One public meeting, in Guwahati on January 7, brought together former Assam Chief Ministers Tarun Gogoi (Congress) and Mahanta, with eminent citizens including intellectual Hiren Gohain and former Assam DGP Harekrishna Deka. For statements attributed to them, Assam Police slapped sedition charges on Gohain, activist Akhil Gogoi and journalist Manjit Mahanta.
Why is the government intent on pushing such a sensitive Bill?
The Bill is not just for Assam and the Northeast, but for the entire country. In Silchar on January 4, Prime Minister Narendra Modi described it as an “atonement” for mistakes committed during Partition. In Guwahati Thursday, BJP general secretary Ram Madhav too cited Partition as a justification. While Parliament was in session, Home Minister Rajnath Singh said the regularised immigrants would not be settled in Assam alone but be distributed among various states.
Those opposing the Bill, however, see an Assam context. In the NRC update, the draft final list leaves out 40 lakh applicants. In the absence of official figures, leaders across political parties have estimated that Bengali Hindus (seen as BJP voters) constitute a large section of the 40 lakh. With 30 lakh having filed claims, some of them are expected to be included later. In a TV interview, BJP Minister Himanta Biswa Sarma spelt out his estimate — after the claims are disposed, the final NRC will leave out around 8 lakh Bengali Hindus who had migrated before 2014. Based on the distribution of these 8 lakh among Assembly seats, Sarma has made another estimate. “If the Bill is not passed, 17 Assamese seats, which elect Assamese people, will go the Jinnah way,” he said at a press conference.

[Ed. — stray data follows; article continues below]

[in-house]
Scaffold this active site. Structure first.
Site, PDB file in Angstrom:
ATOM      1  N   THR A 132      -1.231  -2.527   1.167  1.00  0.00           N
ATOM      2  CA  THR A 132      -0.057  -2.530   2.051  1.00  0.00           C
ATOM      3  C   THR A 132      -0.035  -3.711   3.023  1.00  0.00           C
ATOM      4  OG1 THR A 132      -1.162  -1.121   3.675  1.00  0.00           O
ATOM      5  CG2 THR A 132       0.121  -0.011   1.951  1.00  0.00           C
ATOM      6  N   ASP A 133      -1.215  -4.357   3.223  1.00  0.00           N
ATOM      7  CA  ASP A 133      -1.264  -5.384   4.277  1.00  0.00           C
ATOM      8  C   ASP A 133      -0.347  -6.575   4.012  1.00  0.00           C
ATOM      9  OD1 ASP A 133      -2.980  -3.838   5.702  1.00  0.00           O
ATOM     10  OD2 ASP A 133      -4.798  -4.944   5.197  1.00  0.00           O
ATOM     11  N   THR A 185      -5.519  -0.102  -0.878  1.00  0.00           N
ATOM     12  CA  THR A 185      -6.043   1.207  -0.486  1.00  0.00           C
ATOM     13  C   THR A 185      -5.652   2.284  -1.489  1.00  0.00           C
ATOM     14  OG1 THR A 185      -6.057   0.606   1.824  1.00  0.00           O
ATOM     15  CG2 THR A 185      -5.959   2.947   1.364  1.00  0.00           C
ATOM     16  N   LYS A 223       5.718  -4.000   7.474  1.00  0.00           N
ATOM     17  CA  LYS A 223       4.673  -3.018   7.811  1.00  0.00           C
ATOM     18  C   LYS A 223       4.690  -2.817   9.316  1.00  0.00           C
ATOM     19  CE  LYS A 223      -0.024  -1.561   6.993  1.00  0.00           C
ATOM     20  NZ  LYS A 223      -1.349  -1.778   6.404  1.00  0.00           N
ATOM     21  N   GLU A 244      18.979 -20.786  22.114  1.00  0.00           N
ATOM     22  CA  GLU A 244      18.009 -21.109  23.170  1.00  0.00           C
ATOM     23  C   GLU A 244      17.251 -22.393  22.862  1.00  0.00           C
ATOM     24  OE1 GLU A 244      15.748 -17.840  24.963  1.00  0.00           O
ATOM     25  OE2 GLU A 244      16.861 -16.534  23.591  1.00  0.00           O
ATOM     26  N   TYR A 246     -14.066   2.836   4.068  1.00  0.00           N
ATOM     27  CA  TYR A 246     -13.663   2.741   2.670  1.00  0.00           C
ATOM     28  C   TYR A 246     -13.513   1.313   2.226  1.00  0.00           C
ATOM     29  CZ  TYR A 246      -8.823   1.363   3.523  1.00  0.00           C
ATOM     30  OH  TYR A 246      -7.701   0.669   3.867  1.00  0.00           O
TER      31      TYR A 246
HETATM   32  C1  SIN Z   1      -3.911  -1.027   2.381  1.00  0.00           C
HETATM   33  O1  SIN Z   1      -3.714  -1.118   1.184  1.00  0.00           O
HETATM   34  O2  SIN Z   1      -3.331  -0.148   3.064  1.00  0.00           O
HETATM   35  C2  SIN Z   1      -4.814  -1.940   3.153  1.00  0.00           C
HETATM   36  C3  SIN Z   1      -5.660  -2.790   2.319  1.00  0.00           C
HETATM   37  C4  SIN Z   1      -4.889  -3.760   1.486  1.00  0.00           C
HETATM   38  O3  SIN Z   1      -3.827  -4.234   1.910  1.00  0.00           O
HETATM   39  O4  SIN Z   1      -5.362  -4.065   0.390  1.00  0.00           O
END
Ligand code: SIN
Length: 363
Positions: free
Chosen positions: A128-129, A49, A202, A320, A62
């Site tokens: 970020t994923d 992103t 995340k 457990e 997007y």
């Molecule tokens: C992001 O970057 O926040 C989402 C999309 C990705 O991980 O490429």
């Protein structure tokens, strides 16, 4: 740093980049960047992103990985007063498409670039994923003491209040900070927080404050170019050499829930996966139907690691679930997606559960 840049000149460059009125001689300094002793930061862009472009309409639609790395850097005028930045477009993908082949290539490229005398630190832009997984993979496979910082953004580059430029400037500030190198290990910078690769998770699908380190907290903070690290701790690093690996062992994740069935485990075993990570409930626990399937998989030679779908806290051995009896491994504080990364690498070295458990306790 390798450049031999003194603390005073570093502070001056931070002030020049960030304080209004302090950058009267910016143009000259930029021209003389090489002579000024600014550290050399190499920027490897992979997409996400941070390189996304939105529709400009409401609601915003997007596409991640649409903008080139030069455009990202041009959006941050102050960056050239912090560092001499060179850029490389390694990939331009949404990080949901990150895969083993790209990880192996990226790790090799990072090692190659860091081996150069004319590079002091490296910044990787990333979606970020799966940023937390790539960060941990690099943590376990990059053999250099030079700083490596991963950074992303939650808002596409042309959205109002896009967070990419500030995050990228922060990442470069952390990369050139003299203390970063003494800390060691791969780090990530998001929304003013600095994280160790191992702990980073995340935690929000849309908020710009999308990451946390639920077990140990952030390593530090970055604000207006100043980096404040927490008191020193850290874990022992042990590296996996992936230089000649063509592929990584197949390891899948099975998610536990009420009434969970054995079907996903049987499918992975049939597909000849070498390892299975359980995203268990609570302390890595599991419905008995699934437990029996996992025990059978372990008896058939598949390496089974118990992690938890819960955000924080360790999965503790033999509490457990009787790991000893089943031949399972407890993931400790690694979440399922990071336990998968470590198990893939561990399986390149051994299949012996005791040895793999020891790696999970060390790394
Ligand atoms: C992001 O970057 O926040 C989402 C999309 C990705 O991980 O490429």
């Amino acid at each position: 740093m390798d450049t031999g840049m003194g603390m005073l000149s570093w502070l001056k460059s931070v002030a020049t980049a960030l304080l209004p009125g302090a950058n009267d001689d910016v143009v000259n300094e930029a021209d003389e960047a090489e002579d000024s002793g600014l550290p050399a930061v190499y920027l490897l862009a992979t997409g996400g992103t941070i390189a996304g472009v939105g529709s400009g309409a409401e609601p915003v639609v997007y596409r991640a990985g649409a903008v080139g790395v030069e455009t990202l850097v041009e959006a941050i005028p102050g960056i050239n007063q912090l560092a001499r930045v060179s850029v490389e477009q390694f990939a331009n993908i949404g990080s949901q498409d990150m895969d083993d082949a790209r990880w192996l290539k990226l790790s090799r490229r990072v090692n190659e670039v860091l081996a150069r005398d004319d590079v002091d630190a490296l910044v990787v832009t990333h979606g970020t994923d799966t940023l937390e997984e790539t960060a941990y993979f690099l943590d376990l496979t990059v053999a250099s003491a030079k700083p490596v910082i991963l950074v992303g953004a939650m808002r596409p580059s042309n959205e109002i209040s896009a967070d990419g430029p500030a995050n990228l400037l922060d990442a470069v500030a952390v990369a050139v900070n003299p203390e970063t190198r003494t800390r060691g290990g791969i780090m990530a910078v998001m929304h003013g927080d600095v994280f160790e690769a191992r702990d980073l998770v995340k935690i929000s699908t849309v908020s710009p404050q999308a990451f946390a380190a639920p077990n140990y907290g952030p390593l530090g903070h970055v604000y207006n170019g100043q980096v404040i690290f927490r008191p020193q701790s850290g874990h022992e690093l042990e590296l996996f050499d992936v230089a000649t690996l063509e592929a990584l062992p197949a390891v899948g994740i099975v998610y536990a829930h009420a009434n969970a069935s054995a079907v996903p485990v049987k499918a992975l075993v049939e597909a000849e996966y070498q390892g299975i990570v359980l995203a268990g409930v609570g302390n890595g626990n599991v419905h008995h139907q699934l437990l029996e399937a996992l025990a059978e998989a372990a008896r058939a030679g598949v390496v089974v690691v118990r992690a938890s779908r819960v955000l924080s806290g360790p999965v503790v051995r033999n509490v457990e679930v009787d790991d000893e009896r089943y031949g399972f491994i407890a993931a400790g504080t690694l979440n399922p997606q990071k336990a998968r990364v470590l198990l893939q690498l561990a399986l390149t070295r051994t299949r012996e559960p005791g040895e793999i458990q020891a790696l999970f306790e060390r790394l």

But will the Citizenship Bill not affect demography?
“There is no specific report on whether the refugee migrant population from Bangladesh is causing unexpected demographic changes of certain North-Eastern States,” the Home Ministry told a Joint Parliamentary Committee (JPC) that had examined the Bill. The JPC quoted this in its report, but disagreed: “In fact, demographic changes have been indicated in successive census but the illegal migrants claim that they are original residents and citizens of India…”
On another aspect, the JPC agreed with the Home Ministry: “In the Committee’s opinion, the cut off date of 31 December, 2014 assumes greater significance as it has been intended to determine eligibility and prevent further influx into India, negating thereby the possible malafide design of the vested interests in the neighbouring countries.”
Does that not contradict the 1971 cutoff?
The Home Ministry told the JPC that “according to the Ministry of Law & Justice, the proposed Amendment appeared to be contrary to the Assam Accord”. “The Department of Legal Affairs (Law Ministry), inter-alia, apprised the Committee that the proposed amendments appear to be contrary to the Assam Accord,” the JPC report said. However, the Law Ministry’s Legislative Department noted that “the proposed proviso to exempt persons belonging to certain minority communities coming from Afghanistan, Bangladesh and Pakistan has general application beyond the Assam Accord and is intended to apply to the whole of India”.
How many will benefit from the Citizenship Bill?